19 October 2012

The University of Queensland was today awarded more than $51 million in National Health and Medical Research Council grants that will fund research projects investigating health issues such as cystic fibrosis, respiratory illness in Indigenous children and chronic kidney disease.

UQ Vice-Chancellor Professor Peter Høj said UQ was very appreciative of the NHMRC’s strong support, and congratulated the successful researchers.

He said this funding was a reminder of the imperative to maintain the level of government investment in health and medical research.

“UQ’s record of health and medical discovery includes phenomenal products such as the cervical cancer vaccine which has been given to tens of millions of women and girls, and has been linked to dramatic declines in the incidence of genital warts in men and women,” Professor Høj said.

“A more recent result of UQ research, the Nanopatch needle-free drug delivery technology, has the potential to revolutionise disease-prevention – including in poor and remote regions.

“When the products of our research succeed in international markets, they most importantly spread the benefits of Australian research, but they can also earn export income that can be reinvested in more research.

“This round of funding from the National Health and Medical Research Council is very welcome, but it is also a reminder of what the community stands to lose if the government reduces its commitments to research.”

Five Project Grant applicants achieved outstanding results when they were each awarded more than $1 million each, namely:

- Professor David Johnson, for research into slowing the progression of chronic kidney disease ($1.92 million)
- Associate Professor Carmel Hawley, for research into reducing cardiovascular disease in people with chronic kidney disease ($1.6 million)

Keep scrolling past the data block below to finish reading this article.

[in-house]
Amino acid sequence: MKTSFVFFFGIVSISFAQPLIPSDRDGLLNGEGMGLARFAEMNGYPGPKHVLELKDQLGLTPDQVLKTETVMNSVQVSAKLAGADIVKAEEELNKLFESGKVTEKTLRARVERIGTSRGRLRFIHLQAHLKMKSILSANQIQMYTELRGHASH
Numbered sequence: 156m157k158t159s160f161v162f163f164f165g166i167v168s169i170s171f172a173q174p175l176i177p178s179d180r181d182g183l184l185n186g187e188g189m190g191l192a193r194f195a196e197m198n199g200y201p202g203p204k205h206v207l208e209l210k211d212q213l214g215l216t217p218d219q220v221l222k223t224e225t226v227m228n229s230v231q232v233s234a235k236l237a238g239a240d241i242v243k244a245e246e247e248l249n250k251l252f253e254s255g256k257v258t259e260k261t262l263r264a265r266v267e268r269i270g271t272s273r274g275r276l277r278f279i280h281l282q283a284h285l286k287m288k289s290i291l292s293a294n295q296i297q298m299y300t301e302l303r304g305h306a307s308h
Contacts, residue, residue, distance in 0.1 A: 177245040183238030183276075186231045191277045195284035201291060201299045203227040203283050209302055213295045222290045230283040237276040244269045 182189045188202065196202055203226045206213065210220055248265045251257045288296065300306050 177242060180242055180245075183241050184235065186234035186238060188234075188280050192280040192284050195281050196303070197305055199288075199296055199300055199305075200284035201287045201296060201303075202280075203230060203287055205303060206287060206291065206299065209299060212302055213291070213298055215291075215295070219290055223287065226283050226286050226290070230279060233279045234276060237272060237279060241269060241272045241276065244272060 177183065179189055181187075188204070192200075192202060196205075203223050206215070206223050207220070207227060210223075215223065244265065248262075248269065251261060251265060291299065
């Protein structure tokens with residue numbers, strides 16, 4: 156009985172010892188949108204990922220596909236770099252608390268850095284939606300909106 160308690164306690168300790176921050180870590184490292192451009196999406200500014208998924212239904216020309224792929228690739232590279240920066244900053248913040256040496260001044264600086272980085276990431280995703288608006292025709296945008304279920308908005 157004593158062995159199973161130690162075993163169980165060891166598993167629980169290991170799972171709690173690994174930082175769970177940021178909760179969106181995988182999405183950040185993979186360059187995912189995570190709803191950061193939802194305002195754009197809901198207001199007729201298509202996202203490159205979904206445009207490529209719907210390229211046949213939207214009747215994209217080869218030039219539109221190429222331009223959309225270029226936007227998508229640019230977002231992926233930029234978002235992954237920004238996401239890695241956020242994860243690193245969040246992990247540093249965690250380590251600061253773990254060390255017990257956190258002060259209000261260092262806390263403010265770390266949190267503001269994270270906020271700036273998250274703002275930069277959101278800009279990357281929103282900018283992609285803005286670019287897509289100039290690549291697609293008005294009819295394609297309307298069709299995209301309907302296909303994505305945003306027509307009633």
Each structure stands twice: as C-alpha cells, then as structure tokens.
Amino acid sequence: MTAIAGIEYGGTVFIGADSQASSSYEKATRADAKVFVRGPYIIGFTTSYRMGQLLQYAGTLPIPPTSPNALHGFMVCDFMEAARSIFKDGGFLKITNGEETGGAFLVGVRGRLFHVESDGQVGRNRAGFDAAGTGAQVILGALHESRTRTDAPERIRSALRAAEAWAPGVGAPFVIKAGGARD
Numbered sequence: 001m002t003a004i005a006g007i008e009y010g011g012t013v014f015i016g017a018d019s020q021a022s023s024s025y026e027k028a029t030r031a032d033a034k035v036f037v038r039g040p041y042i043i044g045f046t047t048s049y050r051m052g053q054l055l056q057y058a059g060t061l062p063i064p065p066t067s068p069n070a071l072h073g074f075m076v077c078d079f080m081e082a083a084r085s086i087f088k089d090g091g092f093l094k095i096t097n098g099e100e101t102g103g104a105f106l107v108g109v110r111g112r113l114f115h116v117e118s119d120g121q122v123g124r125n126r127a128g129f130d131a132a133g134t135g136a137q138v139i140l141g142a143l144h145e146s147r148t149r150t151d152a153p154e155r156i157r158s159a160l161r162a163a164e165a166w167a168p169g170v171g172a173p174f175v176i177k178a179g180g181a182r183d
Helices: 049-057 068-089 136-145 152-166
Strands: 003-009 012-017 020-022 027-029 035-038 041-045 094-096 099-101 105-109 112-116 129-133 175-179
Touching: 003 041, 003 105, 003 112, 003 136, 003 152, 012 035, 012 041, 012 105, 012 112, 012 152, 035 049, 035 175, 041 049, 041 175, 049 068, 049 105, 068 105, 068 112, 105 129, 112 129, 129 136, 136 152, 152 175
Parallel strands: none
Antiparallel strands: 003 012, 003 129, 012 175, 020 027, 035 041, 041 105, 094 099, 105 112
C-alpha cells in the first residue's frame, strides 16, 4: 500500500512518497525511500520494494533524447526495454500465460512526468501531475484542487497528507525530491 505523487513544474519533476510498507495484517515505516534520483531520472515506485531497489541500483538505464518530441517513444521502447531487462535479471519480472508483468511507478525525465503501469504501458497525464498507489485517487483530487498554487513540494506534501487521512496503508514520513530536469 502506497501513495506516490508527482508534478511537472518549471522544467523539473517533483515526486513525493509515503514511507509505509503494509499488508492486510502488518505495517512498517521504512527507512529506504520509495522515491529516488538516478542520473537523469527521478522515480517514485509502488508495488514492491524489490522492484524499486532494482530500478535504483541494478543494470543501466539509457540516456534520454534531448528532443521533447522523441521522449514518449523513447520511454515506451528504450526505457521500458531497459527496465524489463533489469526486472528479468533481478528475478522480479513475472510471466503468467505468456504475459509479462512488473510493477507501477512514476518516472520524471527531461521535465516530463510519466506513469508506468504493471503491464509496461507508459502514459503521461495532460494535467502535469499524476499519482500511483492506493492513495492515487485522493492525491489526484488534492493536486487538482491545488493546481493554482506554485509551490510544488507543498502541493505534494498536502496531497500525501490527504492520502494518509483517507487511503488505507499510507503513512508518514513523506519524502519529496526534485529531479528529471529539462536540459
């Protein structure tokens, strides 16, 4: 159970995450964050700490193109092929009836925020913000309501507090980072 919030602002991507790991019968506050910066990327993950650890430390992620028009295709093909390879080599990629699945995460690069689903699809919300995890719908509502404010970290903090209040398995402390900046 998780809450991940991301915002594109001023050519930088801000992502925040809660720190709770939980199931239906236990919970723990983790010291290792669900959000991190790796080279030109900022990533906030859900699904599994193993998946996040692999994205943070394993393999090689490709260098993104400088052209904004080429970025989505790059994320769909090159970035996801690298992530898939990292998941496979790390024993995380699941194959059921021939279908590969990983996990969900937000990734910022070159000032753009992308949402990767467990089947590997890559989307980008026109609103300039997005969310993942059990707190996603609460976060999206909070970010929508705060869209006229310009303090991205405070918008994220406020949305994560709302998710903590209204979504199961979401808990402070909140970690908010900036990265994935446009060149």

- Dr Darren Gray, for research into reducing soil-transmitted infections in children in China and the Philippines ($1.49 million)
- Professor Claire Wainwright, for research into protecting children and adolescents with cystic fibrosis ($1.14 million)
- Dr Jason Roberts, for research into developing better antibiotic dosing guidelines for dialysis patients ($1.04 million)

In addition, UQ received two NHMRC – European Union Collaborative Research Grants awarded to Professor Melissa Little (researching stem cells in the kidney) and Professor Peter Hill (examining new goals for global health) with a total value of $1.21 million.

This is a significant result as only five of these grants were awarded nationally, with UQ being the only institution to achieve more than one grant.

Professor Little was awarded three Project Grants, one NHMRC – European Union Collaborative Research Grant and a prestigious Senior Principal Research Fellowship.

Her combined $3.25 million in funds will go towards investigating treatments for chronic kidney disease, which costs Australia more than $1 billion per annum.

Dr Ryan Taft, from the Institute for Molecular Bioscience (IMB) who recently won a UQ Foundation Research Excellence Award, after he analysed the genome of three-year-old Massimo Damiani, a Melbourne toddler afflicted with Leukodystrophy, has successfully won a Project Grant of $650,802.

UQ Researchers awarded NHMRC Career Development Fellowships were Dr Kerry-Ann O’Grady, who will research acute respiratory illness in Indigenous and non-Indigenous Australian children and the pathways to chronic lung disease.

Dr Jason Roberts’s project will develop methods to improve antibiotic dosing for patients in the intensive care unit, while Dr Jian Yang intends to develop novel methods and software tools to better understand the genetic architecture of complex diseases and traits.

Grants administered by the NHMRC address research needs, from basic science to research translation and they support researchers and their teams through the early and mid-stages of their careers.

View the full list of NHMRC grant recipients here.

Media: Tegan Taylor at UQ Communications (07 3346 7887, 0413 601 248 or t.taylor@uq.edu.au)